Customers are more likely to trust someone when they are not on the company payroll. Of course, it can’t be just anyone. If your cousin Joe tweets your praises to all four of his followers, you won’t see an uptick in sales. However, if an independent blogger with 30,000 followers in your target market mentions that she’s very impressed with the results of using [insert your product here], you can bet you’ll feel the impact.
Obviously positive influence from someone with clout is good for business. That’s just common sense. The real question is: How does my company get that third party endorsement?
There are three steps you can take to grab the attention of online influencers.
1. Identify Your Influencers (Both Big and Not-as-Big)
Start with your target customer base, and find out who has their attention. For example, if you are advertising a B2B analytics tool for digital marketers, you can’t do much better than Avinash Kaushik, an author, blogger, and “marketing evangelist” with over 100,000 Twitter followers. If he writes about the wonders of your web analytics program, big name businesses will take notice.
Keep in mind you’ll want to target multiple influencers at different tiers. Sometimes smaller followings can be much more engaged (i.e. loyal) than vast audiences. When Marc Jacobs launched a new handbag, Vogue.com publishers couldn’t attract more than three comments. When lesser-known Fashionista.com shared the same article, it generated 125 comments.
2. Learn Everything About Them
If you attempt to engage an influencer with content that is irrelevant or uninteresting, or long winded, they won’t bother to respond. Most influencers have worked hard to carve out a niche and cultivate their own focused following. They are looking for content that will help reinforce them as an expert – not just your company’s CEO.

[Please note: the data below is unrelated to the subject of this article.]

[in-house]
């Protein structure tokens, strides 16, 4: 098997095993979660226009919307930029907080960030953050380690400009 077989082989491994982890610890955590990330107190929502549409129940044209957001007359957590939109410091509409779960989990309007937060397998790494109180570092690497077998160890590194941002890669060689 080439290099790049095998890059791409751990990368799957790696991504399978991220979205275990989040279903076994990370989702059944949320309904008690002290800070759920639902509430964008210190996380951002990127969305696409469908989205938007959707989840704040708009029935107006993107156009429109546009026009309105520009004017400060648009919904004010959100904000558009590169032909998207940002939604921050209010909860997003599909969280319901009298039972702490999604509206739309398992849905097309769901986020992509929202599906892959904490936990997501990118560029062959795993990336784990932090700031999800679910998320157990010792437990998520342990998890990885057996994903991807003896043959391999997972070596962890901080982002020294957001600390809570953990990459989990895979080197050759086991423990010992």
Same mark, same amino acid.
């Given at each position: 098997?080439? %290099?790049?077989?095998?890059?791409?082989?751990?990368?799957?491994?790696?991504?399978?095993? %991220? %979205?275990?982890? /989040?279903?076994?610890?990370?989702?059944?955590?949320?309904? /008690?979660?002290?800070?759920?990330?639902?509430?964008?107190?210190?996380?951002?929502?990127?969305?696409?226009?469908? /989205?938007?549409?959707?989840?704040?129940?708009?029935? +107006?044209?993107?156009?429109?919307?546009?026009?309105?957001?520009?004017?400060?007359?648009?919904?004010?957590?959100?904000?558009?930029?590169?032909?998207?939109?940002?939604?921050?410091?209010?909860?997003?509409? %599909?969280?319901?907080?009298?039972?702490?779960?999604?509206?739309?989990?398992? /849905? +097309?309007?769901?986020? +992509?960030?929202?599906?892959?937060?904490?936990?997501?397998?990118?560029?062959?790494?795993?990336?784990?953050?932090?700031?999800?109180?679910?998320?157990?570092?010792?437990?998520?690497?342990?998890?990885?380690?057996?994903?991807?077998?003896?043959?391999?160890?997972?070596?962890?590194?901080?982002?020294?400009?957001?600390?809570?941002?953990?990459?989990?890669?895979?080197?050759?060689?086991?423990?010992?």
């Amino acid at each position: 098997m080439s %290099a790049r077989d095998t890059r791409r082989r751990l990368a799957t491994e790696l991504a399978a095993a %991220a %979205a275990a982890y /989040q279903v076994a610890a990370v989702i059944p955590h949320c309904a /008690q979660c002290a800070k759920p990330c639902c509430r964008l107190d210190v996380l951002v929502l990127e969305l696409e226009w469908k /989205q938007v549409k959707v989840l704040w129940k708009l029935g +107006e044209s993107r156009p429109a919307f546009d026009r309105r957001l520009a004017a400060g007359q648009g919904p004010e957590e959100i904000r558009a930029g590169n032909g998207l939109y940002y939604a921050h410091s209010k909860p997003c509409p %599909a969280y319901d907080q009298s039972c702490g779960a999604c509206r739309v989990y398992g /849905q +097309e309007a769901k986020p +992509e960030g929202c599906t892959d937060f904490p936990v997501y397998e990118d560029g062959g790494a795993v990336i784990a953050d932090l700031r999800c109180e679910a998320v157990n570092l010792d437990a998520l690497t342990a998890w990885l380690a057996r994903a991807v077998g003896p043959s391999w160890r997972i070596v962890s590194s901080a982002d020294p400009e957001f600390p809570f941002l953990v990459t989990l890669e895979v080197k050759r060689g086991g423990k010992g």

Do your homework and know the influencer you hope to engage:
- Read what they publish, and what their readers publish in the comments; be sure to comment as well.
- Check out the people they follow for insight into what types of content they pay attention to.
- See where they are most active. Do they tweet every five minutes? Are they initiating or moderating discussions on ?
If their most popular posts contain detailed case studies and statistics, give them a story filled with interesting data and surveys. If it looks like something that will benefit their readers there’s a good chance they’ll snatch it up.
3. Consistently Share and Engage
You can’t send out one tweet and expect an influencer to notice. You’ll need to earn their trust by retweeting and commenting on their blogs, and sending them material they can use. They’ll block anything that looks like it was spit out by a robot, or if the pitch is irrelevant for their audience.
Get involved in the places your influencer is already active. Join groups and discussions on Google+ and LinkedIn, contribute the comments on blog posts, and ask them friendly questions on Twitter to grab their attention. And don’t forget to send them an invite to connect with a personalized message explaining why you value their work.
Once you get to know your influencer, make their lives easier with short pitches that answer the question. “why should I care?” Some like Tweet pitches – you only have 140 characters so you’re forced to focus on what really matters. I talked to one blogger in the healthcare IT industry who says he hates long pitches where PR people describe the market. “The message will start off with how x company is changing a market trend but by the end of the message I still don’t know what the heck is changing. They lose me.”
Climb the Spiral Staircase
The 3 steps above are cyclical. Think of them as your ascending spiral staircase to success. The new PR is about building brand identity and value over time with consistent content and customer interaction. Make sure any content you provide your target influencers is very targeted to followers who care about the topics he or she covers on their blogs and social networks.